The Large Bent-wing Bat Miniopterus schreibersii in Urban Environments: a survivor?
Glenn Hoye, Julie Spence, 2004. "The Large Bent-wing Bat Miniopterus schreibersii in Urban Environments: a survivor?", Urban Wildlife: More than meets the eye, Daniel Lunney, Shelley Burgin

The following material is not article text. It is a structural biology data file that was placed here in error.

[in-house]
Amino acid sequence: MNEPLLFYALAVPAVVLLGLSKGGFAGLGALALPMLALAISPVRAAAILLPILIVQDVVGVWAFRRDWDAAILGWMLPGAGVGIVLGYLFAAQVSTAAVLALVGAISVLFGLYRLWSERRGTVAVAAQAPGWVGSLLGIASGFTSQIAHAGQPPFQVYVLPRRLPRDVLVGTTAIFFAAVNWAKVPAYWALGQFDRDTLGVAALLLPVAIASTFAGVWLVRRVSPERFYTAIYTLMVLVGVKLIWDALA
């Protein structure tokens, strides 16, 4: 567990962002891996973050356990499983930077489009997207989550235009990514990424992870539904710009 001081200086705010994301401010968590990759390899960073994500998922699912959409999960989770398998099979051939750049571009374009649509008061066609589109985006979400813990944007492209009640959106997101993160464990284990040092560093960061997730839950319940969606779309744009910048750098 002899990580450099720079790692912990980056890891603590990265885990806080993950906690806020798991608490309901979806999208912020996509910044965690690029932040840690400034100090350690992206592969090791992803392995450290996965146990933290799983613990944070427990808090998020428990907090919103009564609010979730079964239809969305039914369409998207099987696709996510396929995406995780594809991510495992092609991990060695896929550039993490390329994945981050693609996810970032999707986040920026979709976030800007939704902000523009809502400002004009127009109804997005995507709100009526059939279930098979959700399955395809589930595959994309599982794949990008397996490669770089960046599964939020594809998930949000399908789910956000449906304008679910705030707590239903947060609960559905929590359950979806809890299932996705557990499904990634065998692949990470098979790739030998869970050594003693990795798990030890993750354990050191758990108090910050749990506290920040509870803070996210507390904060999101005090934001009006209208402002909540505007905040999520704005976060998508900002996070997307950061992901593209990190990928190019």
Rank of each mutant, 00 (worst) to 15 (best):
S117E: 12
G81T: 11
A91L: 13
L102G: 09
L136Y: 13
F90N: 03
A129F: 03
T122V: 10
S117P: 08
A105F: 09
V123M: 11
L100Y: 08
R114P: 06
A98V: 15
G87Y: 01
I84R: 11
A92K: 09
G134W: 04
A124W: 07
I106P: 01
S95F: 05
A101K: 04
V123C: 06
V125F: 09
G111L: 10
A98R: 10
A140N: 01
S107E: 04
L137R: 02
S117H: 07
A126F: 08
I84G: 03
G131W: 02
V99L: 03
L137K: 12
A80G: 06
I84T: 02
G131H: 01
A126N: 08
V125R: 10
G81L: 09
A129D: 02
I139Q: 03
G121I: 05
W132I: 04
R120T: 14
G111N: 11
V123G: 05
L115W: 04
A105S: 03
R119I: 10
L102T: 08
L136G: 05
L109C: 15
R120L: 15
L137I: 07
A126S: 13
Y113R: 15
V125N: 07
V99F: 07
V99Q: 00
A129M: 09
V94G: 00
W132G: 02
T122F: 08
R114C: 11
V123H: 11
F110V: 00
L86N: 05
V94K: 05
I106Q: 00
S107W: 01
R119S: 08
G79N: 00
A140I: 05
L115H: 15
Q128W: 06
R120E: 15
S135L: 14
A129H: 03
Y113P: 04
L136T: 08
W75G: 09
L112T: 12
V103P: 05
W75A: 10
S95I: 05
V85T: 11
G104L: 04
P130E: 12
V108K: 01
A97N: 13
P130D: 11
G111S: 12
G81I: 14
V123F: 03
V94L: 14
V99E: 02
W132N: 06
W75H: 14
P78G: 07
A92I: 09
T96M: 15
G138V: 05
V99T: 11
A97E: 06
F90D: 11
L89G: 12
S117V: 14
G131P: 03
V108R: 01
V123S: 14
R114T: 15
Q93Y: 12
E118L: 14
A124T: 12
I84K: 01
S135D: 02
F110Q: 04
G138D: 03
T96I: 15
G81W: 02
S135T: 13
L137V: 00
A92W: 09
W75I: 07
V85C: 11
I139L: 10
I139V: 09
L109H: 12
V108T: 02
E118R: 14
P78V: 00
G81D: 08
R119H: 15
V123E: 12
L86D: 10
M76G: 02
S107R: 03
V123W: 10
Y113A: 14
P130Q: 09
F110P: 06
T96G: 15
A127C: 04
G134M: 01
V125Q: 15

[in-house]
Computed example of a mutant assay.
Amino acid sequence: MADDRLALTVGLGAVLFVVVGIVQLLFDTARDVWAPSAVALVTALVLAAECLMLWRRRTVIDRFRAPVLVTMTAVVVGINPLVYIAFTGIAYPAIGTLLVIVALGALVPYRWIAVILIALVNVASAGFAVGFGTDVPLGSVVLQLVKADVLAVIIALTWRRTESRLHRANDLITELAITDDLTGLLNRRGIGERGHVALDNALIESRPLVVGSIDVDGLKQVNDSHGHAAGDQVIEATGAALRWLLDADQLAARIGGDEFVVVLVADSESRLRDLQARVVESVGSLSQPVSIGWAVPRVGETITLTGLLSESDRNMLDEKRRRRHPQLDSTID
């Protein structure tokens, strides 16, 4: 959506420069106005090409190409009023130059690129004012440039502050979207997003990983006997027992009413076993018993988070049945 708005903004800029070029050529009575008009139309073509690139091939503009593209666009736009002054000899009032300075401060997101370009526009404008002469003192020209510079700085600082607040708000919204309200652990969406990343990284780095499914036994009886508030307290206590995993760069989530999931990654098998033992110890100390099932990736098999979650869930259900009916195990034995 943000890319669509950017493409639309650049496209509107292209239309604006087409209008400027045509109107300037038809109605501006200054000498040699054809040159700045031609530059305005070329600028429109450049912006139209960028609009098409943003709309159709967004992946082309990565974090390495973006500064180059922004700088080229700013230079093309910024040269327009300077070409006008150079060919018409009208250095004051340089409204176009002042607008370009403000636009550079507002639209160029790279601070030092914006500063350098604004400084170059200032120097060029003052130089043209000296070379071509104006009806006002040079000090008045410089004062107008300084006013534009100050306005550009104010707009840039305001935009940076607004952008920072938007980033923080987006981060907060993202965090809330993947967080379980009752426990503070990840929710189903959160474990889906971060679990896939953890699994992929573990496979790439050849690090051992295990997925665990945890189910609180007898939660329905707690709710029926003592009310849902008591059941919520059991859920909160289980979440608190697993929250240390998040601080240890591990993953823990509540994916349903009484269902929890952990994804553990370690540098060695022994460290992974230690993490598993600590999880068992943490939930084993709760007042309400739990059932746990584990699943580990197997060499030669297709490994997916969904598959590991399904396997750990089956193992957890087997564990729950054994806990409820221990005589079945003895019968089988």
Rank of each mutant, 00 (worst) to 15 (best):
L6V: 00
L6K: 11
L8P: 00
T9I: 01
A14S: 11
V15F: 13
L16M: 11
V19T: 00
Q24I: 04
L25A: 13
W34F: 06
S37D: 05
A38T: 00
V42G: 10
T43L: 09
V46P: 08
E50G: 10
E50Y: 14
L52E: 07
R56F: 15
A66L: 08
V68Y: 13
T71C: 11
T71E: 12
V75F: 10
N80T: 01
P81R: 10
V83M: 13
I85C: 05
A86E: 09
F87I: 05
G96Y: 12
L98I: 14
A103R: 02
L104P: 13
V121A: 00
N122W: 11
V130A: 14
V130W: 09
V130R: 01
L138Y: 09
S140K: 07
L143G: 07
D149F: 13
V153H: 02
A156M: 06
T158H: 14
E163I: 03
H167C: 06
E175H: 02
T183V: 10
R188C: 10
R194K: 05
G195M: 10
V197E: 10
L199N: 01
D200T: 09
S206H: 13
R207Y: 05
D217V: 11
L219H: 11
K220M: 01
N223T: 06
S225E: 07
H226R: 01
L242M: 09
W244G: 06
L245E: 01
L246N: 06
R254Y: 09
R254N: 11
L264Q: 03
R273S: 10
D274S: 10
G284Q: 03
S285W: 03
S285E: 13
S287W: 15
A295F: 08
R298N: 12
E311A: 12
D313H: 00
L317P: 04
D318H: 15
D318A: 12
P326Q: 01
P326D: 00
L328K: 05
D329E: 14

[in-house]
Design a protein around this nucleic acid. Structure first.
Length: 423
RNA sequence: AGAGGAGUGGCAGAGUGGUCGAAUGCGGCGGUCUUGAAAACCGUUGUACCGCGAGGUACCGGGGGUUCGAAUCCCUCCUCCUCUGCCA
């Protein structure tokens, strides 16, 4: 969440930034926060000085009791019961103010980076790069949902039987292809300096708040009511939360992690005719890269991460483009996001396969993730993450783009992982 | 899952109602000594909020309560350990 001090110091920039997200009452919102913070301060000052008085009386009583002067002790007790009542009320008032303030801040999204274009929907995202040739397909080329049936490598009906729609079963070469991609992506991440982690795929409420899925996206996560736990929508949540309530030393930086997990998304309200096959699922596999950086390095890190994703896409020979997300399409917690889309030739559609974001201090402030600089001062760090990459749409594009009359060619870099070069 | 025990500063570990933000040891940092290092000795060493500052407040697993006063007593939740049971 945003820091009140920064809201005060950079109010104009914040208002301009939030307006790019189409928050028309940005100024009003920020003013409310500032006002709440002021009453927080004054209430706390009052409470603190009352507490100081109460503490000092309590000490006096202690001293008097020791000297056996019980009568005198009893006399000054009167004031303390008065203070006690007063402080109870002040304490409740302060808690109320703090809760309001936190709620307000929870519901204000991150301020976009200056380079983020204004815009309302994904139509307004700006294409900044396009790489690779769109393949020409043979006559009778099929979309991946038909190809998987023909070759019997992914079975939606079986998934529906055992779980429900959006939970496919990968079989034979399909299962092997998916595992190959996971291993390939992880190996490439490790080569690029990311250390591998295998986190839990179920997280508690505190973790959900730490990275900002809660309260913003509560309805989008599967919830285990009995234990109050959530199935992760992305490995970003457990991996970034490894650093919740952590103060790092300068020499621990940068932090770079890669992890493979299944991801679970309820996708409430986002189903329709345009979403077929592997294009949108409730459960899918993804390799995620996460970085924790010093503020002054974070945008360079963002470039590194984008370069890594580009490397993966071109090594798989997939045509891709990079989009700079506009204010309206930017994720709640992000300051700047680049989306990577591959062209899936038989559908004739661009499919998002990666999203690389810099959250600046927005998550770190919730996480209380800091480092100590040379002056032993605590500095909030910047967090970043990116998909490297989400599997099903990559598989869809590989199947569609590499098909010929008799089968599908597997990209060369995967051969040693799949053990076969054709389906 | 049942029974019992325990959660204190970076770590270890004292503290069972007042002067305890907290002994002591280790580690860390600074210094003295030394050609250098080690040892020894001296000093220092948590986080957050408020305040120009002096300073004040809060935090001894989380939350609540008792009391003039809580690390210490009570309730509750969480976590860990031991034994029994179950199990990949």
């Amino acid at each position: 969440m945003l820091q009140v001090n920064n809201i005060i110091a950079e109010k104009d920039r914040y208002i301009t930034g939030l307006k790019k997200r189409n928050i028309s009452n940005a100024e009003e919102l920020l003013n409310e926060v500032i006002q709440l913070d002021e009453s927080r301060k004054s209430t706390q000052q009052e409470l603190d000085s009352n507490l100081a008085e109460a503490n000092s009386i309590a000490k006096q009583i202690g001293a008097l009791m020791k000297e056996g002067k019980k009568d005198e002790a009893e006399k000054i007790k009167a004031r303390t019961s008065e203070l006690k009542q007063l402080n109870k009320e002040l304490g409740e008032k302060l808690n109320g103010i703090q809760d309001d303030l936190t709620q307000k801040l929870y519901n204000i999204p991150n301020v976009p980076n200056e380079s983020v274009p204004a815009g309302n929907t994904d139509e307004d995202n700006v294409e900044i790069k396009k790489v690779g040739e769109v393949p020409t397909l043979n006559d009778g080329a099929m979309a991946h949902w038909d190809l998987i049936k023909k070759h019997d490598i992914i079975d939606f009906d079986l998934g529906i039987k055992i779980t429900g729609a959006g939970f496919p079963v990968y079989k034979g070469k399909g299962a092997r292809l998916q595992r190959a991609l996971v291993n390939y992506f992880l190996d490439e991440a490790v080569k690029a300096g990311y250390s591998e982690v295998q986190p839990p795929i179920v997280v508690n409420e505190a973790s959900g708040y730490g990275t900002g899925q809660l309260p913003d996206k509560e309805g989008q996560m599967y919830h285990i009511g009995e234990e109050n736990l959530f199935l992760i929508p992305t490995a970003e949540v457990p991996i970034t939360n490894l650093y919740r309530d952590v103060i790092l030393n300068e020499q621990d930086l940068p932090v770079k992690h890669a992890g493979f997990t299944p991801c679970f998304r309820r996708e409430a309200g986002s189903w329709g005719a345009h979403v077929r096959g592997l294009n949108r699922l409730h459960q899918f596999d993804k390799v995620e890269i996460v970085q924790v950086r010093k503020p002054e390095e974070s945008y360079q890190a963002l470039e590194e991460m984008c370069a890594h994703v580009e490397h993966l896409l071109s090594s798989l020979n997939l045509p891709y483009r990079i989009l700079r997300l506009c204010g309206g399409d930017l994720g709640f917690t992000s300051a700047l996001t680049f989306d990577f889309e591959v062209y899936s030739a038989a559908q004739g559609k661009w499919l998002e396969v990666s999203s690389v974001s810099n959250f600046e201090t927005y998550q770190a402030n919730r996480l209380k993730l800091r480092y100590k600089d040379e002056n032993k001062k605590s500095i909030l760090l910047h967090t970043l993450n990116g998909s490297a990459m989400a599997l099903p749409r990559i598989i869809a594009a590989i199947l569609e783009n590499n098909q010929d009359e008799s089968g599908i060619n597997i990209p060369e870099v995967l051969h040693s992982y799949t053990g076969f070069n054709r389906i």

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The Large Bent-wing Bat Miniopterus schreibersii has often been perceived as a native species thriving in our rapidly expanding urban landscape. We used a number of historical and current data sets to assess whether this perception is supported by direct evidence. Investigation of museum records revealed that it was present within inner Sydney from at least 1892. Even at this time it was utilising human structures, including the cellar of Elizabeth Bay House. An examination of both historical and current use of diurnal roosts suggests that there has been a recent possible change in the structure of populations using the Sydney metropolitan area, Australia's largest urban landscape. All roosts examined since 1995 are occupied from March to September and are vacant over the summer months. This contrasts with the only roost prior to 1995 that has been studied in any detail. Banding records indicate that a disused railway tunnel at North Sydney was occupied during most months of the year until its abandonment by bats during the 1980s. It also was known to, at times, accommodate double the maximum number of bats recorded in any roost investigated since 1995. Investigation of injury rates in urban populations provides evidence that they are indeed under stress, suffering increasing rates of injury through the winter period, unlike populations in roosts away from urban influence.